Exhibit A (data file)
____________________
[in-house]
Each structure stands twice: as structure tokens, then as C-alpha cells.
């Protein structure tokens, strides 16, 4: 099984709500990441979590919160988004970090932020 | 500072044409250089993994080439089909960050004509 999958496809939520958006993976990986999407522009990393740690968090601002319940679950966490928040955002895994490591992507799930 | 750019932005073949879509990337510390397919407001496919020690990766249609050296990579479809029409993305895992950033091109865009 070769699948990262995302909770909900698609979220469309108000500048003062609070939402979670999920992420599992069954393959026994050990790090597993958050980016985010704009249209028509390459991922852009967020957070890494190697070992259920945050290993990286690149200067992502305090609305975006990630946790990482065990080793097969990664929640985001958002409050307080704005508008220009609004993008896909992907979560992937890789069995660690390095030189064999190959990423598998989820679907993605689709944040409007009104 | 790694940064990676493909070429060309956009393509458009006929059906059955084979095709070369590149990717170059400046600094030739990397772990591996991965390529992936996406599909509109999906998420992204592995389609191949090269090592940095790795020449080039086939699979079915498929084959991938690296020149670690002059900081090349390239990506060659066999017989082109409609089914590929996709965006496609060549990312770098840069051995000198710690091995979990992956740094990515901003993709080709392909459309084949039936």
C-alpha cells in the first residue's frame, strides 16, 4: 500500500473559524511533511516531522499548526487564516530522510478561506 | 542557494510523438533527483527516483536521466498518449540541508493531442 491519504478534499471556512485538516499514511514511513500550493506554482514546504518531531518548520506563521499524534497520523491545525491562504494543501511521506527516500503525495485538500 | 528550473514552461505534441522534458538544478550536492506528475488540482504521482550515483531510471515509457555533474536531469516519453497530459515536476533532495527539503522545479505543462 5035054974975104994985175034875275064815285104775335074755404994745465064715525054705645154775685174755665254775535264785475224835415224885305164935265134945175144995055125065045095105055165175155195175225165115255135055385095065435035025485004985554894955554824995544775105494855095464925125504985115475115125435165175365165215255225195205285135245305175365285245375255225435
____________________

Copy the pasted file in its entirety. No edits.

[in-house]
Each structure stands twice: as structure tokens, then as C-alpha cells.
């Protein structure tokens, strides 16, 4: 099984709500990441979590919160988004970090932020 | 500072044409250089993994080439089909960050004509 999958496809939520958006993976990986999407522009990393740690968090601002319940679950966490928040955002895994490591992507799930 | 750019932005073949879509990337510390397919407001496919020690990766249609050296990579479809029409993305895992950033091109865009 070769699948990262995302909770909900698609979220469309108000500048003062609070939402979670999920992420599992069954393959026994050990790090597993958050980016985010704009249209028509390459991922852009967020957070890494190697070992259920945050290993990286690149200067992502305090609305975006990630946790990482065990080793097969990664929640985001958002409050307080704005508008220009609004993008896909992907979560992937890789069995660690390095030189064999190959990423598998989820679907993605689709944040409007009104 | 790694940064990676493909070429060309956009393509458009006929059906059955084979095709070369590149990717170059400046600094030739990397772990591996991965390529992936996406599909509109999906998420992204592995389609191949090269090592940095790795020449080039086939699979079915498929084959991938690296020149670690002059900081090349390239990506060659066999017989082109409609089914590929996709965006496609060549990312770098840069051995000198710690091995979990992956740094990515901003993709080709392909459309084949039936």
C-alpha cells in the first residue's frame, strides 16, 4: 500500500473559524511533511516531522499548526487564516530522510478561506 | 542557494510523438533527483527516483536521466498518449540541508493531442 491519504478534499471556512485538516499514511514511513500550493506554482514546504518531531518548520506563521499524534497520523491545525491562504494543501511521506527516500503525495485538500 | 528550473514552461505534441522534458538544478550536492506528475488540482504521482550515483531510471515509457555533474536531469516519453497530459515536476533532495527539503522545479505543462 5035054974975104994985175034875275064815285104775335074755404994745465064715525054705645154775685174755665254775535264785475224835415224885305164935265134945175144995055125065045095105055165175155195175225165115255135055385095065435035025485004985554894955554824995544775105494855095464925125504985115475115125435165175365165215255225195205285135245305175365285245375255225435